Darjeeling is a town and a municipality in the Indian state of West Bengal. It is located in the Lesser Himalaya at an elevation of 6,700 ft (2,042.2 m). It is noted for its tea industry, the spectacular views of Kangchenjunga, the world’s third-highest mountain, and the Darjeeling Himalayan Railway, a UNESCO World Heritage Site. Darjeeling is the headquarters of Darjeeling district which has a partially autonomous status within the state of West Bengal.
The development of the town dates back to the mid-19th century, when the colonial British administration set up a sanatorium and a military depot. Subsequently, extensive tea plantations were established in the region, and tea growers developed hybrids of black tea and created new fermentation techniques. The resultant distinctive Darjeeling tea is internationally recognised and ranks among the most popular of the black teas.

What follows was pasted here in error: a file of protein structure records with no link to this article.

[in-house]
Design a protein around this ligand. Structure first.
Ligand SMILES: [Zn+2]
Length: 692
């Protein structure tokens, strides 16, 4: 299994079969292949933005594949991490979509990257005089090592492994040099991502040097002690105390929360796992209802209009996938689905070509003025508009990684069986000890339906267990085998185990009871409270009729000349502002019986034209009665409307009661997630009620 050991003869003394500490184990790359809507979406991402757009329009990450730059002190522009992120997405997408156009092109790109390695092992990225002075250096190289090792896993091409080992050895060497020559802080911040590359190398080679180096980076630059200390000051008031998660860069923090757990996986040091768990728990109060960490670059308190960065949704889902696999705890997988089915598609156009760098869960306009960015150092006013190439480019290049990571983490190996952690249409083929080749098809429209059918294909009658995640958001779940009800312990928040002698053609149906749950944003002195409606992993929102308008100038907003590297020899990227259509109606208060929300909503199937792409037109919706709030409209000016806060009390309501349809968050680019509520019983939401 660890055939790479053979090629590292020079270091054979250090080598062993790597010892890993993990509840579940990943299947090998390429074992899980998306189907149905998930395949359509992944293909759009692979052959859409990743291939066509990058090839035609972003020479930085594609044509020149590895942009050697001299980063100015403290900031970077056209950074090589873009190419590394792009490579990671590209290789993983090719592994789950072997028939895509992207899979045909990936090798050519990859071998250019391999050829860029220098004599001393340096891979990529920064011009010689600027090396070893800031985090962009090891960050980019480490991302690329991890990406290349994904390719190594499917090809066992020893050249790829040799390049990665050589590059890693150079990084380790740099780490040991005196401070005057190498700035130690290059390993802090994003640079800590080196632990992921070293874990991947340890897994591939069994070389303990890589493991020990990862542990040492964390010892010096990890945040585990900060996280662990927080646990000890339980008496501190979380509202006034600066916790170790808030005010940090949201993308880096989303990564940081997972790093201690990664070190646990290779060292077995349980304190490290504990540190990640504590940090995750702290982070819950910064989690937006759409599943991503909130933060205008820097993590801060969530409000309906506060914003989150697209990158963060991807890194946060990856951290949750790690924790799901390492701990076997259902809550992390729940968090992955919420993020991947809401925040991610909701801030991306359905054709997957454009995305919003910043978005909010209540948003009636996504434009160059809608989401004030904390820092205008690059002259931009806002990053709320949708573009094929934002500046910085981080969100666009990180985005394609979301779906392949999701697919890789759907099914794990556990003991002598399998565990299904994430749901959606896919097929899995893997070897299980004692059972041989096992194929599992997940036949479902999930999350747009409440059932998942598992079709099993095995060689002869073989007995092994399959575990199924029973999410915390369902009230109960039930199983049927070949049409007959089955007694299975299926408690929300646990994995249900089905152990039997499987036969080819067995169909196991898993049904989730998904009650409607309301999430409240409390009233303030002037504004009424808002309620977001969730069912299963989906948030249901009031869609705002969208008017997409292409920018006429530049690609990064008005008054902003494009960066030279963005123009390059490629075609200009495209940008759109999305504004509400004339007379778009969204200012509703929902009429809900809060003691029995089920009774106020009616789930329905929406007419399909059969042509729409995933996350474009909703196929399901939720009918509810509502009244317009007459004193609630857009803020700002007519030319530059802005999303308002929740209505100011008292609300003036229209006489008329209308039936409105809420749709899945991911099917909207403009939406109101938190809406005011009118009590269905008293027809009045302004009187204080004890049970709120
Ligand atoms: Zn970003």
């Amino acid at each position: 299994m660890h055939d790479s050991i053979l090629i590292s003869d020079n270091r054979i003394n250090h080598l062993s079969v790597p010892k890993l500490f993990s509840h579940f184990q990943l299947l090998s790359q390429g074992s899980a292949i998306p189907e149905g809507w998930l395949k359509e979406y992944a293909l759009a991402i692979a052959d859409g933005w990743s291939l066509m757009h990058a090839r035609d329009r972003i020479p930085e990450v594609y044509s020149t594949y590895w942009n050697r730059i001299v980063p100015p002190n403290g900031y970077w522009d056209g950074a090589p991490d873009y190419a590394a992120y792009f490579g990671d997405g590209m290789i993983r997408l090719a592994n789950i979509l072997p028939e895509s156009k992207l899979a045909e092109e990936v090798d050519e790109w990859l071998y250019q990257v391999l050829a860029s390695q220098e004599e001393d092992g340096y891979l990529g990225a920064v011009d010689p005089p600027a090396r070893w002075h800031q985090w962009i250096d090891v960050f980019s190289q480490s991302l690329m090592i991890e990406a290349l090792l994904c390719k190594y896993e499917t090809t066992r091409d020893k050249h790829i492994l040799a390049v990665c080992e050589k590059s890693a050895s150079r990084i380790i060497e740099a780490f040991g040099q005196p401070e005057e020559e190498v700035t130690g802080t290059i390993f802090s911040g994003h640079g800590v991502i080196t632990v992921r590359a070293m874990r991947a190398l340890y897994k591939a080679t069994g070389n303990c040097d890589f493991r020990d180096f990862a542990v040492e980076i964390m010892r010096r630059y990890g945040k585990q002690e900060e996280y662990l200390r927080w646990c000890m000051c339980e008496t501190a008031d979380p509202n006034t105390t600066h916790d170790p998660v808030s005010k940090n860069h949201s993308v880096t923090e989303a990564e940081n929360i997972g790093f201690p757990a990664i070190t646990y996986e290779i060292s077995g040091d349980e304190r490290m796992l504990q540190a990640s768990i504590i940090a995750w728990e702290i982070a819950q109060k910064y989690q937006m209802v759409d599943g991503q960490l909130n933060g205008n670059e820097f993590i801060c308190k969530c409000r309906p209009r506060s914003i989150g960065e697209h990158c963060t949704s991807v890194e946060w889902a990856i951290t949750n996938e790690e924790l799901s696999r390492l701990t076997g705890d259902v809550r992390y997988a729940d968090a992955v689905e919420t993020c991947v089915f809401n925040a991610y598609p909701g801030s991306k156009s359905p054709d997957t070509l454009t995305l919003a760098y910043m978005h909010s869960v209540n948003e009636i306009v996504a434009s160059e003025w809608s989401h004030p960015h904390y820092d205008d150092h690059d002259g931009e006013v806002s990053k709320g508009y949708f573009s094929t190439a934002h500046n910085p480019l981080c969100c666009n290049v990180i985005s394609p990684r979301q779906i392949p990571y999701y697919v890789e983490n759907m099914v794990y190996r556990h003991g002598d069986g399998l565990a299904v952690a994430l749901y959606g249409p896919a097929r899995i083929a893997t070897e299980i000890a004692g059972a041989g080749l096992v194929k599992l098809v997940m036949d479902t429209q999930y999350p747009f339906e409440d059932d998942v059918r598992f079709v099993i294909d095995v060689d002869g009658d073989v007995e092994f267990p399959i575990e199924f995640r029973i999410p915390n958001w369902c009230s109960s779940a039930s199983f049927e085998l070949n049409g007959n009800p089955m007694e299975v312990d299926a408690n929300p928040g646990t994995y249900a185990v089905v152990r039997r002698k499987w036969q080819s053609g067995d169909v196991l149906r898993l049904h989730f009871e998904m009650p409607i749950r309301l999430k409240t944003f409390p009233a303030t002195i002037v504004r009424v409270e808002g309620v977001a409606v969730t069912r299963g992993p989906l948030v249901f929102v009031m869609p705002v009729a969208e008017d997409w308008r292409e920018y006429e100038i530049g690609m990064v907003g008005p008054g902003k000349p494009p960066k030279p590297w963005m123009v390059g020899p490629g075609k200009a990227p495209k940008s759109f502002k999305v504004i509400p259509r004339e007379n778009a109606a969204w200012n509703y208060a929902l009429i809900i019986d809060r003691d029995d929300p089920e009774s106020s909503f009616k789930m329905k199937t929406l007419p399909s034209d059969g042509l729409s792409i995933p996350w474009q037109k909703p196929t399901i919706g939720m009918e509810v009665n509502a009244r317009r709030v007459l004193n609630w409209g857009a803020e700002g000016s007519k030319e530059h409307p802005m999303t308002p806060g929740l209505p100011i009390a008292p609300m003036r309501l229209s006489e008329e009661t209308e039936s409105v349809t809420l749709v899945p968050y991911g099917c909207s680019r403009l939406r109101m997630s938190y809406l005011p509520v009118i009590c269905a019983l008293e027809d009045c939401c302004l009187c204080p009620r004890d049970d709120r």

Darjeeling has several British-style public schools, which attract pupils from India and neighbouring countries. The varied culture of the town reflects its diverse demographic milieu consisting of Gorkhas, Bhutia, Lepcha and other mainland Indian ethno-linguistic groups. Darjeeling, with its neighbouring town of Kalimpong, was a centre of the Gorkhaland movement (Separate State demand within India) in the 1980s. The town’s fragile ecology has been threatened by a rising demand for environmental resources, stemming from growing tourist traffic and poorly planned urbanisation.